We are pleased to announce our 2020 winner is Alana Daly. Alana was in very good company with some highly commended runners up. We look forward to her performance at the tribute night in August.
Alana is the co-founder of Europe’s first poetry festival organised by young people for young people (ages 13-19); The Lit Young Writers’ Festival (2017-present). Alana was selected to represent Ireland at the Three Dot Dash Summit in New York with the We Are Family Foundation (chaired by Nile Rodgers of Chic) as result. Alana is the co-founder of Modwords Cork: open mic for young artists. (2018-2019). Her short film My Great Aunt Chrissie won the Best Writing Award at Noiseflicks Film Festival (2017). Alana's second short film 'Hands' discussed homophobia in post Marriage Equality Ireland. It was well received, viewed over 20K times online and was shown at a number of festivals, conferences and has been included on a University Syllabus (2018). Alana's third short film 'The Beach Woman; was shortlisted at IndieCork Film Festival (2019). Alana was commissioned to write for the USI and within University College Cork. Publications include; Autonomy (2018), Solstice Sounds Volume VI (2018), The Quarryman V (2019), University Express, Motley Magazine, and BND Magazine. Alana has also been included on a Spoken Word map of Ireland and the UK (2018). She has performed internationally at events like All Together Now, The First Fortnight Festival, Cúirt International Poetry Festival, Cork LGBT+ Pride Festival, The Belfast Poetry Festival, ME, USA, Three-Dot-Dash-Summit, NY, and has acted as support to Stephen James Smith, Neil Hilborn and Shane Koyczan.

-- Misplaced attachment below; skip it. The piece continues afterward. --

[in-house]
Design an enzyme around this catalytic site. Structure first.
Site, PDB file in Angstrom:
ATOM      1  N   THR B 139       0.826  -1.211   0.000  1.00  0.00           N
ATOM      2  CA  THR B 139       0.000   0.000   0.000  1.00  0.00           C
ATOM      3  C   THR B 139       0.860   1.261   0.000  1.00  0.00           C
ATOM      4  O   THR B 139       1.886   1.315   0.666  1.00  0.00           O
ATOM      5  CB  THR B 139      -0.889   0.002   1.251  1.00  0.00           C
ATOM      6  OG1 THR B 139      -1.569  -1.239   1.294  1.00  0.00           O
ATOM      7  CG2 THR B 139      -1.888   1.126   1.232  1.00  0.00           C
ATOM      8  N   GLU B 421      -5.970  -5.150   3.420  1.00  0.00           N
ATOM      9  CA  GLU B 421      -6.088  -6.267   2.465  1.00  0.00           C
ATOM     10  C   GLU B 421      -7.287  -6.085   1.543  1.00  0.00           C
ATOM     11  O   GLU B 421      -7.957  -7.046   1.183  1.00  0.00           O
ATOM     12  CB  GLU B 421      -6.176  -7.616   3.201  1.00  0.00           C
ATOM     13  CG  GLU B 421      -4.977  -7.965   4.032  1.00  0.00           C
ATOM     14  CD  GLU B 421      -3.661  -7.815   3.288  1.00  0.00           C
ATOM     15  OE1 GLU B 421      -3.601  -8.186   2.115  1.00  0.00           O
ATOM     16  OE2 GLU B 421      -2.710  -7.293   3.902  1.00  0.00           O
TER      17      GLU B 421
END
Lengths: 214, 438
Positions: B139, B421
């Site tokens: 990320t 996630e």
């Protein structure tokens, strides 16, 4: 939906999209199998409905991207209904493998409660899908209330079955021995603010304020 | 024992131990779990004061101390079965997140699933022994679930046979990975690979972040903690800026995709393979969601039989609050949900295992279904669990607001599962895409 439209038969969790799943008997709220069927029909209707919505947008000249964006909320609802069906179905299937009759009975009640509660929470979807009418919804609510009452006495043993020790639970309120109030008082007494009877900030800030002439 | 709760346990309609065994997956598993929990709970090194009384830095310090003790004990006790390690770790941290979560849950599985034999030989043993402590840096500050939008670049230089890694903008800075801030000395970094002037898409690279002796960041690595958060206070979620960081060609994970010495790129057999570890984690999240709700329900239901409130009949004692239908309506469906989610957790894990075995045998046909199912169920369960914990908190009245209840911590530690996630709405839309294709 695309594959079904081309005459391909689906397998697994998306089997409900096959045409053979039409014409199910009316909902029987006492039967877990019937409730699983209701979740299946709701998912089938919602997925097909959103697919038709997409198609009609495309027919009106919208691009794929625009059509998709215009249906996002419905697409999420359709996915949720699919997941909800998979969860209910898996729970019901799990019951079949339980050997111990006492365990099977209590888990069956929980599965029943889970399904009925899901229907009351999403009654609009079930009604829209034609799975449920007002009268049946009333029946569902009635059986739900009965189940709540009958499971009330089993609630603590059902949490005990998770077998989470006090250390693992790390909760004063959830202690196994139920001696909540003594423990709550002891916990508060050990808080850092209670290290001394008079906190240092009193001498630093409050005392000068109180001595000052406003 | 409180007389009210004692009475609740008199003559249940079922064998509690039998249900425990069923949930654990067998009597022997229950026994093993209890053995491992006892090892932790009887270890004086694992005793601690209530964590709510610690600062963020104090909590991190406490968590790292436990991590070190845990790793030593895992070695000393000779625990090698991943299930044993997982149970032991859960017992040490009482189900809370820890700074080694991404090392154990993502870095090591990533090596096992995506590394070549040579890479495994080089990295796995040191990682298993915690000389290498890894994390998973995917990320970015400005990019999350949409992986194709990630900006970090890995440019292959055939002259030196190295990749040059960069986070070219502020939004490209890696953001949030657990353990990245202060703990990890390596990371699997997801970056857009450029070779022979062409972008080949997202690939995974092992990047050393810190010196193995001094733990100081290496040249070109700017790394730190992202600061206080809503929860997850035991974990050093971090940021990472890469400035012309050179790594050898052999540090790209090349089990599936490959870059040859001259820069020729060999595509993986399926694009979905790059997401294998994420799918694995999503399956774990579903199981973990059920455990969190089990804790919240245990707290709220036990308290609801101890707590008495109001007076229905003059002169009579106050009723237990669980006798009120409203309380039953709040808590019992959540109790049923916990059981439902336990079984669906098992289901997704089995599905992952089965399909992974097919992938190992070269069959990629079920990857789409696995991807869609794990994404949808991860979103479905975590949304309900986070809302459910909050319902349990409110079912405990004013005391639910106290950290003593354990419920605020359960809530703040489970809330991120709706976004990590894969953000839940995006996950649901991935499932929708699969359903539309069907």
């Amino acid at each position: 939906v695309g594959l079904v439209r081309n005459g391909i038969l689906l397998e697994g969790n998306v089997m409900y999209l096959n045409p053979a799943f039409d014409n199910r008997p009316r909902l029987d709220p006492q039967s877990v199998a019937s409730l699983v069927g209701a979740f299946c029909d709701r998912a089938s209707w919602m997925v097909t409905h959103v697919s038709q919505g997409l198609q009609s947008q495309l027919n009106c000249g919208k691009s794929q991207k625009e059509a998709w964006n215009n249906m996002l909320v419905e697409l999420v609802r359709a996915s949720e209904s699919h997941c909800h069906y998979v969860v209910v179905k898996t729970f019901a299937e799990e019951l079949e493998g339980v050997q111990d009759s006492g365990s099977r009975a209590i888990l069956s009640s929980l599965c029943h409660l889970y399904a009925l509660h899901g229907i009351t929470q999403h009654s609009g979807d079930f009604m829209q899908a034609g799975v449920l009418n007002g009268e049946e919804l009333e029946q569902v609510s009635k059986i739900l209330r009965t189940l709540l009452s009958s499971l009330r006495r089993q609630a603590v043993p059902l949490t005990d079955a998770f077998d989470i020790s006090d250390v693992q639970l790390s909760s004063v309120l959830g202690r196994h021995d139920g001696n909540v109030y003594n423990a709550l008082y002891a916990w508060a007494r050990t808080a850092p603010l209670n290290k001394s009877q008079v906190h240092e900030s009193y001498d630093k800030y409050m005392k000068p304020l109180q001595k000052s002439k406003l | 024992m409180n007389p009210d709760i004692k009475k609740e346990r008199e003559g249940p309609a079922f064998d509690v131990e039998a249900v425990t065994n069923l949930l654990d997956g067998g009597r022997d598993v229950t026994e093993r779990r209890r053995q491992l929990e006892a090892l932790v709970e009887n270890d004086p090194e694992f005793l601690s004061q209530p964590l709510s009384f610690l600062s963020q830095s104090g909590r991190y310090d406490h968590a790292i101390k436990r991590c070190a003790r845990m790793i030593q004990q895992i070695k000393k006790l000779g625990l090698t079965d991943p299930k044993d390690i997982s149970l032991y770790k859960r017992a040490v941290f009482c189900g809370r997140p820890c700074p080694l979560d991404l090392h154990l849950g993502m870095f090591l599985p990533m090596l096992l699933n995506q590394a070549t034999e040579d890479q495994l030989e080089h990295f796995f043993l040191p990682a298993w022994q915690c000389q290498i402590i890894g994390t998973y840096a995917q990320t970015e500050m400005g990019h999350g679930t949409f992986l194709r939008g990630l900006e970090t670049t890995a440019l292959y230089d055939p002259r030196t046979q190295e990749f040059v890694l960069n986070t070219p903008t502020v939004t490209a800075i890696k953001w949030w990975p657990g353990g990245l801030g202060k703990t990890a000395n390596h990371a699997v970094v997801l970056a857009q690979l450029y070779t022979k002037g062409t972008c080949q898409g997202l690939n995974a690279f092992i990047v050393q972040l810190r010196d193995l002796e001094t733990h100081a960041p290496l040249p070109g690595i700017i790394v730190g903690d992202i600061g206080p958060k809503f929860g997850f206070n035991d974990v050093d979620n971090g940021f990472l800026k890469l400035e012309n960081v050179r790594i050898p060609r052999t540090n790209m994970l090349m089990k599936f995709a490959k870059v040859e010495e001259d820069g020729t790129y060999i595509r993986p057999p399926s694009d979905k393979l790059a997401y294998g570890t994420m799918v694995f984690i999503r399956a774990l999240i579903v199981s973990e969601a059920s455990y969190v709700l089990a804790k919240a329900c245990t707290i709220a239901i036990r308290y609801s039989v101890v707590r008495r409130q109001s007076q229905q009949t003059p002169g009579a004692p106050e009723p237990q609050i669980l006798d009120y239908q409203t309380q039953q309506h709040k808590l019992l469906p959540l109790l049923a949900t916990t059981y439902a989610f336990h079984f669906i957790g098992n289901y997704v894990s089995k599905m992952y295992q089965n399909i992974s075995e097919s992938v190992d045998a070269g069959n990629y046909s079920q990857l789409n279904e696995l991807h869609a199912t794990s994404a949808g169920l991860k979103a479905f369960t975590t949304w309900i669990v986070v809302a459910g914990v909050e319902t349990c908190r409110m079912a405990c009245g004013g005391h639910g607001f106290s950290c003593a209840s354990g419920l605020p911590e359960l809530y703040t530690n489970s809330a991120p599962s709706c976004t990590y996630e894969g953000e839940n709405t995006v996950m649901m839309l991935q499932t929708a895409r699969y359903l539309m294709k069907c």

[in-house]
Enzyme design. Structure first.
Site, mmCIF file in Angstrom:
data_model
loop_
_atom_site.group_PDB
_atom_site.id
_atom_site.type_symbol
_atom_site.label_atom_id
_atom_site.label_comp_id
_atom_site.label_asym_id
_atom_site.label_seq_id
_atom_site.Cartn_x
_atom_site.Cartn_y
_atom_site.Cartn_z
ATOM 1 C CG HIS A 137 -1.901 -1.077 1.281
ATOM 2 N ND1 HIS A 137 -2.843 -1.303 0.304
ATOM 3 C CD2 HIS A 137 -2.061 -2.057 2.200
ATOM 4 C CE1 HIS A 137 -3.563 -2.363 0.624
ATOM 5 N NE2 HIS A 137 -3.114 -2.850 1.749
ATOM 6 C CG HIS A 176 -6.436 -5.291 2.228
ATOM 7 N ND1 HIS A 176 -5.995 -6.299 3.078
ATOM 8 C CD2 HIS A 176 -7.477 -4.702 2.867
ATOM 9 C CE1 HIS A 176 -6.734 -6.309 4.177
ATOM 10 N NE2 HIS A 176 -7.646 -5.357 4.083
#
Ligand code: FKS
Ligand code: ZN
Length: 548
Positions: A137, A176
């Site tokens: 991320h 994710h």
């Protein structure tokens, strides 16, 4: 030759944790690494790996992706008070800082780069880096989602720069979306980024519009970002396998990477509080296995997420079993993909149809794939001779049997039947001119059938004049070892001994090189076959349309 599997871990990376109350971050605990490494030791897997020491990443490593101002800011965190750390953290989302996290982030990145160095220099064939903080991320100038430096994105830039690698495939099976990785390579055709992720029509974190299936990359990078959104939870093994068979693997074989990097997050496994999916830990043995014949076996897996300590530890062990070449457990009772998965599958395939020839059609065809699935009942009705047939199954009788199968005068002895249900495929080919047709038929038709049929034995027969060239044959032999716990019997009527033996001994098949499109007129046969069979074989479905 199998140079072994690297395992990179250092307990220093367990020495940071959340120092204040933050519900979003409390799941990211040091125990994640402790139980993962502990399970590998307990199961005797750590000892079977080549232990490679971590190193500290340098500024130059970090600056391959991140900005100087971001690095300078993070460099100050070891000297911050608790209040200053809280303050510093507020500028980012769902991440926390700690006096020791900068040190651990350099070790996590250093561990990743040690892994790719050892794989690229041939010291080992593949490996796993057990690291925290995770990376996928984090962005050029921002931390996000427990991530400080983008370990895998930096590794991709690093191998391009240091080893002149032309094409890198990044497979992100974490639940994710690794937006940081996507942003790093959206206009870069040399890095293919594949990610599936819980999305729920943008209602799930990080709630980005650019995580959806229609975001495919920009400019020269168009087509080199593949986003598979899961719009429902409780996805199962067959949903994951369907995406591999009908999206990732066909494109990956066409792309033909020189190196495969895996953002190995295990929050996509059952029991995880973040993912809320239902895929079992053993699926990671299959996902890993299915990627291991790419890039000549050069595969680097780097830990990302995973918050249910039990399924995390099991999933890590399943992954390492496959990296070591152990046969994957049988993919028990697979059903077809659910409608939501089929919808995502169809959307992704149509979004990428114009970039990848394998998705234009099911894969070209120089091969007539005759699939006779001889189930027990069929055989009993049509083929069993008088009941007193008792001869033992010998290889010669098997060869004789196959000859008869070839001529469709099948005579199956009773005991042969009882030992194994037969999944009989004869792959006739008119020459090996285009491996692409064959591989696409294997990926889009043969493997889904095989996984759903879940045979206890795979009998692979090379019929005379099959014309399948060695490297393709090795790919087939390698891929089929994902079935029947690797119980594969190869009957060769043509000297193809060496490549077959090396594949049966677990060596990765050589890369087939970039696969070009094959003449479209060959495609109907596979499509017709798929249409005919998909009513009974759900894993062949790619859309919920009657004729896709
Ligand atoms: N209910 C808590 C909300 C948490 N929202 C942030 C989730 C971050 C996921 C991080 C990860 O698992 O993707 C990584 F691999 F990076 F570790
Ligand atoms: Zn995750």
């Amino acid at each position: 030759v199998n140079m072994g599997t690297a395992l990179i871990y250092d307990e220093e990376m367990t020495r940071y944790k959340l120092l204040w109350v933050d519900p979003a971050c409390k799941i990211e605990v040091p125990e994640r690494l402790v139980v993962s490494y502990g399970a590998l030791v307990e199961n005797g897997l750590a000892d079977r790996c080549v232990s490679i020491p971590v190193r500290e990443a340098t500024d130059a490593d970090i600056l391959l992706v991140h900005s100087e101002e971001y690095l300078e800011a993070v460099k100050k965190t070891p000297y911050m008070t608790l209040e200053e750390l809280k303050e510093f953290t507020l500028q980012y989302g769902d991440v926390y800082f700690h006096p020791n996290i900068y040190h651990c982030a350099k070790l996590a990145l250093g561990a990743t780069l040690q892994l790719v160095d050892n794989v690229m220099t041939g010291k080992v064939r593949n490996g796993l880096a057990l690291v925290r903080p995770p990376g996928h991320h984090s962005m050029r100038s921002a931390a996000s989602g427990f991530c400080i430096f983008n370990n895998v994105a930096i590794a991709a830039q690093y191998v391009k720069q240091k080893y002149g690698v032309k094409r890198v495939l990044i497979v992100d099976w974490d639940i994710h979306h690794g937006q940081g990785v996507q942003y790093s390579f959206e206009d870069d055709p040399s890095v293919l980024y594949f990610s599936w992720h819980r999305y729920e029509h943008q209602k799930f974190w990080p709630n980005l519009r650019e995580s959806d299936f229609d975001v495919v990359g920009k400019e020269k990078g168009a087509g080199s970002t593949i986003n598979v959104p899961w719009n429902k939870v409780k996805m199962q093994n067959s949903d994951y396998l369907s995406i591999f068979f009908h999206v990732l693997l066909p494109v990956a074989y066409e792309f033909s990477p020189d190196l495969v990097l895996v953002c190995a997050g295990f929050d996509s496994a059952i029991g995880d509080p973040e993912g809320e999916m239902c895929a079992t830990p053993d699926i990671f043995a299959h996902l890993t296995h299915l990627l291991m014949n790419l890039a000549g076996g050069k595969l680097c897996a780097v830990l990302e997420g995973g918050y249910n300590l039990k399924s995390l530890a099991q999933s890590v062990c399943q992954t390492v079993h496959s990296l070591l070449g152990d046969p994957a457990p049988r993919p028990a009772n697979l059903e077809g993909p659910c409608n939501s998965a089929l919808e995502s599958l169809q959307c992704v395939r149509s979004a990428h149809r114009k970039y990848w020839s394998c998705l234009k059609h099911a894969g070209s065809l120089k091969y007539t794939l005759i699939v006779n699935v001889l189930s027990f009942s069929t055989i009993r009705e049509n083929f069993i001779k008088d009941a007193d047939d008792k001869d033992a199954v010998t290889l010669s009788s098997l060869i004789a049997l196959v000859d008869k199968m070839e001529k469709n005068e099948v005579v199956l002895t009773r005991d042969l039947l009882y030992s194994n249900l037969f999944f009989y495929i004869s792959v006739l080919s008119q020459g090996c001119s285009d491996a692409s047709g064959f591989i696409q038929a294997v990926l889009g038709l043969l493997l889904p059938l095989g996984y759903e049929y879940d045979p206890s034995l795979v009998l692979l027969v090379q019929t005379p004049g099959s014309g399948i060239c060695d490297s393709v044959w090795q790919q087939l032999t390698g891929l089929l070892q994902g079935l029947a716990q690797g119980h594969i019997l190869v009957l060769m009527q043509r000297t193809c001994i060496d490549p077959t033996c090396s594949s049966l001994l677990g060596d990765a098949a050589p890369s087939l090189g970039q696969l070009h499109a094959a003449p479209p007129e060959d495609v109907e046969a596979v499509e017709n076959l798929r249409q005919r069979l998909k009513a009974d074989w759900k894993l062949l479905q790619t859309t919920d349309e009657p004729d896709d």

Beauty or something like that
They tell you it is there but often is not found by the eyes.
It clots and turns in the throat when hope is lost in reflection.
Because you can’t see it, you don’t believe in it.
And you, you are a cleft lung in some struggle with the air.
With the air, you feel both alive and dying.
And you might be trying but
It is still so hard to fill yourself with other people when you don’t feel like a person yourself.
Yourself. – – – – A person.
Is it the skin or the mind? – – – The voice or the hands?
Is it the lung –– The cleft lung?
You struggle to get the words out. Word’s out you have none.
You are reminded of your cleft lung,
Your tongue –– short with beach glass.
You pass yourself. You don’t know how to ask who or how that person is.
Nor do you want to.
Until they stop you; you stop you. You see yourself. Go to speak with your crystal-cut tongue.But you can’t.
So you do all that is left for you to do: let the ocean in your chest out of your eyes.
Release yourself of salt water. Taste it in your empty mouth. Feel it on your unsure body.
Look at the reflection of yourself in all water felled on your cheeks.
Stop the urge to speak. You can’t right now. Take a breath. Breathe. Breathe.
Listen to the sea. Let her fill your ears. While she might drown you, she feels this too.
She feels you. Alive when you shouldn’t be. Silent when you could be loud.
Don’t be. Just know that in this floating ––floating, you are an ocean. And all good things,
All good things, will come back to you. Come back to you.
And in that, you are beautiful. A beautiful, imperfect reoccurrence once in a lifetime.